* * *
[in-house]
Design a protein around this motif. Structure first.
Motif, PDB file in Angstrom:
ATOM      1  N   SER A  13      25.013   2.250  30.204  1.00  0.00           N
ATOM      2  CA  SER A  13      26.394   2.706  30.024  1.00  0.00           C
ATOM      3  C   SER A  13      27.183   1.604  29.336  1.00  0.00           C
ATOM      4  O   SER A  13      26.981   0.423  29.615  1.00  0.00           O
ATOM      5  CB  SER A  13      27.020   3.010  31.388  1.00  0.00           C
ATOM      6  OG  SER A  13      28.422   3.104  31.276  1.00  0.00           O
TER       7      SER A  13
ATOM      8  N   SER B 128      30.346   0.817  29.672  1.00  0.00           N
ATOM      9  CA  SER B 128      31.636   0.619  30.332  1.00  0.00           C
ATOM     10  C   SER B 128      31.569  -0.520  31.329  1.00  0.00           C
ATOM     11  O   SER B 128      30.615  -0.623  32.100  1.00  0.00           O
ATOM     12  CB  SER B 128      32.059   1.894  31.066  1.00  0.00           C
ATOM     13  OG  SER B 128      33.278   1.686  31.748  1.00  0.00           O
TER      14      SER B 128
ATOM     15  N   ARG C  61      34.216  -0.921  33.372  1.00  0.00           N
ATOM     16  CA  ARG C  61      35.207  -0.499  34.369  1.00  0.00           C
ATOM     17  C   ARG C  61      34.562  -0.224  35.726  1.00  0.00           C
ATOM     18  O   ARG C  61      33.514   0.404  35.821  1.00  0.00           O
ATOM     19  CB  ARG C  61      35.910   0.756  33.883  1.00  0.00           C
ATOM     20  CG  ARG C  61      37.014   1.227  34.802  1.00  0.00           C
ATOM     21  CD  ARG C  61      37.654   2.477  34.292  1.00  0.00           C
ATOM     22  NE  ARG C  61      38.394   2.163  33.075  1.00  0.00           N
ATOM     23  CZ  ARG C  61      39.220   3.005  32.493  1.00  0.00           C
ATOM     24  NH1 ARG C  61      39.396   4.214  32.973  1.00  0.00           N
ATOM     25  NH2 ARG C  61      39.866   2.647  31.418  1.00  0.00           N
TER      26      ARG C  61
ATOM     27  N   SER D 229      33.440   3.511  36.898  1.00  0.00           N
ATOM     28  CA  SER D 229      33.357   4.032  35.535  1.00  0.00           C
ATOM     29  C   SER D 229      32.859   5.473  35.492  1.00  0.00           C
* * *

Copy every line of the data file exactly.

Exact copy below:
[in-house]
Design a protein around this motif. Structure first.
Motif, PDB file in Angstrom:
ATOM      1  N   SER A  13      25.013   2.250  30.204  1.00  0.00           N
ATOM      2  CA  SER A  13      26.394   2.706  30.024  1.00  0.00           C
ATOM      3  C   SER A  13      27.183   1.604  29.336  1.00  0.00           C
ATOM      4  O   SER A  13      26.981   0.423  29.615  1.00  0.00           O
ATOM      5  CB  SER A  13      27.020   3.010  31.388  1.00  0.00           C
ATOM      6  OG  SER A  13      28.422   3.104  31.276  1.00  0.00           O
TER       7      SER A  13
ATOM      8  N   SER B 128      30.346   0.817  29.672  1.00  0.00           N
ATOM      9  CA  SER B 128      31.636   0.619  30.332  1.00  0.00           C
ATOM     10  C   SER B 128      31.569  -0.520  31.329  1.00  0.00           C
ATOM     11  O   SER B 128      30.615  -0.623  32.100  1.00  0.00           O
ATOM     12  CB  SER B 128      32.059   1.894  31.066  1.00  0.00           C
ATOM     13  OG  SER B 128      33.278   1.686  31.748  1.00  0.00           O
TER      14      SER B 128
ATOM     15  N   ARG C  61      34.216  -0.921  33.372  1.00  0.00           N
ATOM     16  CA  ARG C  61      35.207  -0.499  34.369  1.00  0.00           C
ATOM     17  C   ARG C  61      34.562  -0.224  35.726  1.00  0.00           C
ATOM     18  O   ARG C  61      33.514   0.404  35.821  1.00  0.00           O
ATOM     19  CB  ARG C  61      35.910   0.756  33.883  1.00  0.00           C
ATOM     20  CG  ARG C  61      37.014   1.227  34.802  1.00  0.00           C
ATOM     21  CD  ARG C  61      37.654   2.477  34.292  1.00  0.00           C
ATOM     22  NE  ARG C  61      38.394   2.163  33.075  1.00  0.00           N
ATOM     23  CZ  ARG C  61      39.220   3.005  32.493  1.00  0.00           C
ATOM     24  NH1 ARG C  61      39.396   4.214  32.973  1.00  0.00           N
ATOM     25  NH2 ARG C  61      39.866   2.647  31.418  1.00  0.00           N
TER      26      ARG C  61
ATOM     27  N   SER D 229      33.440   3.511  36.898  1.00  0.00           N
ATOM     28  CA  SER D 229      33.357   4.032  35.535  1.00  0.00           C
ATOM     29  C   SER D 229      32.859   5.473  35.492  1.00  0.00           C